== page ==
GroundWorks Dance Theater doesn’t merely explore the way dancers move. It also considers how choreographers think and feel about the world.

The Cleveland modern-dance company is looking at its art from three distinctive perspectives this weekend at Trinity Cathedral. The program includes the Cleveland premieres of Jill Sigman’s “Split Stitch” and Amy Miller and David Shimotakahara’s “DnA” and a revival of Dianne McIntyre’s “Just Yesterday.”

At Friday’s opening, the entire company was onstage only in McIntyre’s lovely burst of nostalgia, whose narratives are drawn from the lives of the GroundWorks dancers who gave the premiere last season. They reminisce about themselves, their parents and their grandparents, sing Olu Dara’s folk- and jazz-inflected tunes and frolic or huddle in communal warmth.

McIntyre’s generosity can be discerned at every moment. As the tale of the internment in a Canadian “relocation center” of artistic director Shimotakahara’s Japanese-born grandparents is told, he dances a solo of yearning pain. Damien Highfield writhes in youthful anguish during a remembrance of his rite of passage at a Columbus slaughterhouse.

The overriding sensation is one of compassionate sharing. Anecdotes about mushrooms, mothers and motorcycles rub shoulders with jubilant square dancing and sequences featuring the work’s superb guitarists, Phillip Smith and Dan Wilson.

The performance Friday found the GroundWorks ensemble in giddy and elastic form. In addition to Shimotakahara and Highfield, the close-knit group comprised Felise Bagley, Sarah Perrett and two new members, Katie Wells and Todd VanSlambrouck.

Wells was a lyrical presence in the role previously performed by artistic associate Amy Miller, a founding member who is leaving the company for New York. To mark the occasion, Miller and Shimotakahara created “DnA,” a duet of fierce devotion and fond regret set to songs by Mark Hollis and Marc Mellits.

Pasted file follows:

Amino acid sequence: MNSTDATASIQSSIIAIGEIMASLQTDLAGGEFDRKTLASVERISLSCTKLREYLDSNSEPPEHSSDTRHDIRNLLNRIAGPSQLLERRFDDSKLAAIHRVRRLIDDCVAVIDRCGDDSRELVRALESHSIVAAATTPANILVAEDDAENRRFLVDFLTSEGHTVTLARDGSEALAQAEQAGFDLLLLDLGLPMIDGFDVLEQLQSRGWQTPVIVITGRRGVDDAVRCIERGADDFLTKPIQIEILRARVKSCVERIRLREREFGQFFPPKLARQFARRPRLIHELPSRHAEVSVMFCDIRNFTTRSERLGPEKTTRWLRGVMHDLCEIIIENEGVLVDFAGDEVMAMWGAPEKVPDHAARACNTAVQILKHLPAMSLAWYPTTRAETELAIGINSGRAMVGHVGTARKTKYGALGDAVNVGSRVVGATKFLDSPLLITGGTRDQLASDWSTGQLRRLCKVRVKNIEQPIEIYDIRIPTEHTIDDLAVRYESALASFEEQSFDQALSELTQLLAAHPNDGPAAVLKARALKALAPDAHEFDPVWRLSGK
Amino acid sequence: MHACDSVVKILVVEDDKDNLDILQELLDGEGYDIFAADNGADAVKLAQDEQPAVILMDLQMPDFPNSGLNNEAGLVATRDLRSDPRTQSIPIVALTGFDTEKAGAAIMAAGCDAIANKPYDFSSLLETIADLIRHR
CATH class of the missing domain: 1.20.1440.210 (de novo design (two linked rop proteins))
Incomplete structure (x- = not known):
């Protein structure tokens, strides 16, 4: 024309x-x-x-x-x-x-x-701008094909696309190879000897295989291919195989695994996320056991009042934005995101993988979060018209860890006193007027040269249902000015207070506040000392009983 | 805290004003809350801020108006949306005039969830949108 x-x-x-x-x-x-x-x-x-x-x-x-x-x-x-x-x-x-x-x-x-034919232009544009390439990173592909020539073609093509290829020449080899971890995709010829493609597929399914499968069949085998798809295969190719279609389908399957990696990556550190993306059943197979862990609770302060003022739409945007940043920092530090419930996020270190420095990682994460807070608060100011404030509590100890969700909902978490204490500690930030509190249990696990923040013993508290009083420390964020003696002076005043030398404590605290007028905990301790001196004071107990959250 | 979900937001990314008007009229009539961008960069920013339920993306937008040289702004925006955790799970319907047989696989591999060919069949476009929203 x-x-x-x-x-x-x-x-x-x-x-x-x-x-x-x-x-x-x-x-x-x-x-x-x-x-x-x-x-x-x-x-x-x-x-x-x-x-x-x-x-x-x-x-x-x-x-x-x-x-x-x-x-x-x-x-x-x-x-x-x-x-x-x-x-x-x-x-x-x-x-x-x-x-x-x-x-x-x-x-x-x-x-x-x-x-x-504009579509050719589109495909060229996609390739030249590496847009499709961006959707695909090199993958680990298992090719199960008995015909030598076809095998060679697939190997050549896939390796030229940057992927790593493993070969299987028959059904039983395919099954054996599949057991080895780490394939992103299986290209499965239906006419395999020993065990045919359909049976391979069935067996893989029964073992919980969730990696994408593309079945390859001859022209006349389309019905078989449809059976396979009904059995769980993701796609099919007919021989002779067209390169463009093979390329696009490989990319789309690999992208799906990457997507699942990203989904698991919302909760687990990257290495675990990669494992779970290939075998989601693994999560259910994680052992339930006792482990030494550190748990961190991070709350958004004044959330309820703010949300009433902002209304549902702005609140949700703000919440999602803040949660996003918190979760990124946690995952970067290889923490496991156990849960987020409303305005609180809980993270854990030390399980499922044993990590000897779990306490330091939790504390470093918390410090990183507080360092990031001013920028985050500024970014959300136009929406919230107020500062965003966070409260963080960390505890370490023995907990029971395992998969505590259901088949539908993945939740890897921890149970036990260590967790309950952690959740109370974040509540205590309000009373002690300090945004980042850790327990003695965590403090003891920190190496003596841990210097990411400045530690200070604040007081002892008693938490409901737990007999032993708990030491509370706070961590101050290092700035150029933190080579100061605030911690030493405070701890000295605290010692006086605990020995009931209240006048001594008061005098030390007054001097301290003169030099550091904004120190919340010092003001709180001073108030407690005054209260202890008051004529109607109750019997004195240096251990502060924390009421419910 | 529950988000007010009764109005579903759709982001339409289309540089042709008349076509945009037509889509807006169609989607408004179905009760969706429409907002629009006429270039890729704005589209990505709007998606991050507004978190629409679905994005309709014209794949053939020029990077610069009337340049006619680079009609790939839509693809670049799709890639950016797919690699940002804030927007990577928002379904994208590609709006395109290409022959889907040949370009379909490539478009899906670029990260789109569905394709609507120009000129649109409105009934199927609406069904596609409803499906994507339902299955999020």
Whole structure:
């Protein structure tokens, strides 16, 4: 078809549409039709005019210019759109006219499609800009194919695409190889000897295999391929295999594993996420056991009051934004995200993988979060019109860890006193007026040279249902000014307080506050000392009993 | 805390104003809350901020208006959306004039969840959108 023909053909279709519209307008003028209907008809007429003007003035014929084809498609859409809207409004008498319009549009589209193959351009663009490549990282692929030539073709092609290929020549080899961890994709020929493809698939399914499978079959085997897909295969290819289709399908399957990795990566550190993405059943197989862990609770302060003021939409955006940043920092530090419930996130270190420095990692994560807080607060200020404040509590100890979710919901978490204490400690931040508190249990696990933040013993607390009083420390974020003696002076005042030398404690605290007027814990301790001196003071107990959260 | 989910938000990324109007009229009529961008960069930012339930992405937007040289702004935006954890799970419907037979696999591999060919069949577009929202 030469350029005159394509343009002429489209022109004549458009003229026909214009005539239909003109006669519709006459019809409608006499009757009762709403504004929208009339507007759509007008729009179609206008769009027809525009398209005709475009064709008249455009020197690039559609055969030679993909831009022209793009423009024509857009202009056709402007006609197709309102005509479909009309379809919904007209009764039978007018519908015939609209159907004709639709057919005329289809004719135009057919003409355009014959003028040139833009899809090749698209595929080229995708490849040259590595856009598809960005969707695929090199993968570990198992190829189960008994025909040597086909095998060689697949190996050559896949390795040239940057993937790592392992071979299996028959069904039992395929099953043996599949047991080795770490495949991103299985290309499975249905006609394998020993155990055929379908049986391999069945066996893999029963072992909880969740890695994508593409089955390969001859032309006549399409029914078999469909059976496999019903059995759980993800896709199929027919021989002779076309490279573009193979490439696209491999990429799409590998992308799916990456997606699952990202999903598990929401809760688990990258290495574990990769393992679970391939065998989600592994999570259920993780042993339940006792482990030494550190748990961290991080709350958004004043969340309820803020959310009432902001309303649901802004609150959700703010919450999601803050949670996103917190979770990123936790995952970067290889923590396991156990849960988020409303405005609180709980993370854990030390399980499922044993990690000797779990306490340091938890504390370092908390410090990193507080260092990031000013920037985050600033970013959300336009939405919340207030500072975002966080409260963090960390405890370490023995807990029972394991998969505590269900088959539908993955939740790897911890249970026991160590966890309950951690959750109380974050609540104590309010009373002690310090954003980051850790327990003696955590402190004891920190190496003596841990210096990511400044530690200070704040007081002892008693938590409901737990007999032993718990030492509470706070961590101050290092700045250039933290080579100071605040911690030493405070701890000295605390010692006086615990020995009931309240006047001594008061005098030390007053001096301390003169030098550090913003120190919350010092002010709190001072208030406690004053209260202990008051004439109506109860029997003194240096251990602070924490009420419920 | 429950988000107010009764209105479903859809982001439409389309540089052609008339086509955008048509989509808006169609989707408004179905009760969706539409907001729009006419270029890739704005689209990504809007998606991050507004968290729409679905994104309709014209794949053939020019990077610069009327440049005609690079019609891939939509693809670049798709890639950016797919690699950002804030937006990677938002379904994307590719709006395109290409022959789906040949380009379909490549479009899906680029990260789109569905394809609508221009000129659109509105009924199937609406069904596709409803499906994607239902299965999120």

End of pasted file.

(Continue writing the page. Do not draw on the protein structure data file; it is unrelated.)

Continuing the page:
As the dancers race about the stage, bumping bodies but mostly avoiding contact, it’s clear they’re trying to put off the inevitable. Their movements are jerky and poetic, full of contradictions, but they eventually lock arms, curl limbs and gaze into one another’s eyes. The piece achieves its goal of revealing the mutual respect these marvelous artists long have maintained.

Stigman reveals a totally different kind of dance aesthetic in “Split Stitch,” whose title suggests anxieties encountered in everyday life. Four dancers in futuristic white attire rush violently at one another, collapse, cluster and stare blankly at the audience.

As Bagley begins performing ballet exercises and softly repeats the phrase “lovely, gently,” the others lift bodies convulsively from the floor while Highfield counts loudly. The final tableau of Bagley and her shadow is a striking depiction of societal isolation.

Stigman’s explosive and ethereal movement language makes “Split Stitch” a compelling study of human behavior and possibility. The dancers, including Miller and Perrett, were intense champions of the work’s multi-faceted challenges.

Story and photo by Donald Rosenberg
The Plain Dealer
November 13, 2010